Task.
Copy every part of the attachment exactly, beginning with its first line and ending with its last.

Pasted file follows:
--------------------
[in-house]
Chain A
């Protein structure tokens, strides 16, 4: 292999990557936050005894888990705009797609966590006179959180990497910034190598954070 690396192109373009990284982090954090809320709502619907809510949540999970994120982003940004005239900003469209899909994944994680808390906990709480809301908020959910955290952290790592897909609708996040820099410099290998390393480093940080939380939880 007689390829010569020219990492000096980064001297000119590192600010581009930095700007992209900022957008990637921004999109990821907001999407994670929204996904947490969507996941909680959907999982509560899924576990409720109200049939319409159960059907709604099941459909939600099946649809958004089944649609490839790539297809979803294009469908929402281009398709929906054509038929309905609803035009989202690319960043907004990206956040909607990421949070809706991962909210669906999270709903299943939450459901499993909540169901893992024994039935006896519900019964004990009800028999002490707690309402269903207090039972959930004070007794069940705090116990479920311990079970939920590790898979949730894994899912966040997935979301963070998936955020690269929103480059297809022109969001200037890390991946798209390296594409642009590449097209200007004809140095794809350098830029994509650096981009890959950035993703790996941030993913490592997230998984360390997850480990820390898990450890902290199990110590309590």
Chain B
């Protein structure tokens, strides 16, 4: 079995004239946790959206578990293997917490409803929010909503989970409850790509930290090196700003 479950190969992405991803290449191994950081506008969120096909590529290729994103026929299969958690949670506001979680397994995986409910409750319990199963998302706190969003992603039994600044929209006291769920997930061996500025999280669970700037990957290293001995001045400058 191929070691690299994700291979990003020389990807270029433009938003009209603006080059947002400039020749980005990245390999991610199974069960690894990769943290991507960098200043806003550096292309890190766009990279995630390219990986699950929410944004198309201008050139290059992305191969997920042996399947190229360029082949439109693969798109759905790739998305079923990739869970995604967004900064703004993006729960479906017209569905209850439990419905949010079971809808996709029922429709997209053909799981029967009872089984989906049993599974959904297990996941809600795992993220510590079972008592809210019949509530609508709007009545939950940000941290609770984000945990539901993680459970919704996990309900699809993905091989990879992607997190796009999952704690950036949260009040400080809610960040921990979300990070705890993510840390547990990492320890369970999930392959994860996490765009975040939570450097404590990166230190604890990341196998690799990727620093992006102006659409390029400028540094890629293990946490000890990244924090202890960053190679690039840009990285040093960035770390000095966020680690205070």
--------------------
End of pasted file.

[in-house]
Chain A
């Protein structure tokens, strides 16, 4: 292999990557936050005894888990705009797609966590006179959180990497910034190598954070 690396192109373009990284982090954090809320709502619907809510949540999970994120982003940004005239900003469209899909994944994680808390906990709480809301908020959910955290952290790592897909609708996040820099410099290998390393480093940080939380939880 007689390829010569020219990492000096980064001297000119590192600010581009930095700007992209900022957008990637921004999109990821907001999407994670929204996904947490969507996941909680959907999982509560899924576990409720109200049939319409159960059907709604099941459909939600099946649809958004089944649609490839790539297809979803294009469908929402281009398709929906054509038929309905609803035009989202690319960043907004990206956040909607990421949070809706991962909210669906999270709903299943939450459901499993909540169901893992024994039935006896519900019964004990009800028999002490707690309402269903207090039972959930004070007794069940705090116990479920311990079970939920590790898979949730894994899912966040997935979301963070998936955020690269929103480059297809022109969001200037890390991946798209390296594409642009590449097209200007004809140095794809350098830029994509650096981009890959950035993703790996941030993913490592997230998984360390997850480990820390898990450890902290199990110590309590």
Chain B
């Protein structure tokens, strides 16, 4: 079995004239946790959206578990293997917490409803929010909503989970409850790509930290090196700003 479950190969992405991803290449191994950081506008969120096909590529290729994103026929299969958690949670506001979680397994995986409910409750319990199963998302706190969003992603039994600044929209006291769920997930061996500025999280669970700037990957290293001995001045400058 191929070691690299994700291979990003020389990807270029433009938003009209603006080059947002400039020749980005990245390999991610199974069960690894990769943290991507960098200043806003550096292309890190766009990279995630390219990986699950929410944004198309201008050139290059992305191969997920042996399947190229360029082949439109693969798109759905790739998305079923990739869970995604967004900064703004993006729960479906017209569905209850439990419905949010079971809808996709029922429709997209053909799981029967009872089984989906049993599974959904297990996941809600795992993220510590079972008592809210019949509530609508709007009545939950940000941290609770984000945990539901993680459970919704996990309900699809993905091989990879992607997190796009999952704690950036949260009040400080809610960040921990979300990070705890993510840390547990990492320890369970999930392959994860996490765009975040939570450097404590990166230190604890990341196998690799990727620093992006102006659409390029400028540094890629293990946490000890990244924090202890960053190679690039840009990285040093960035770390000095966020680690205070």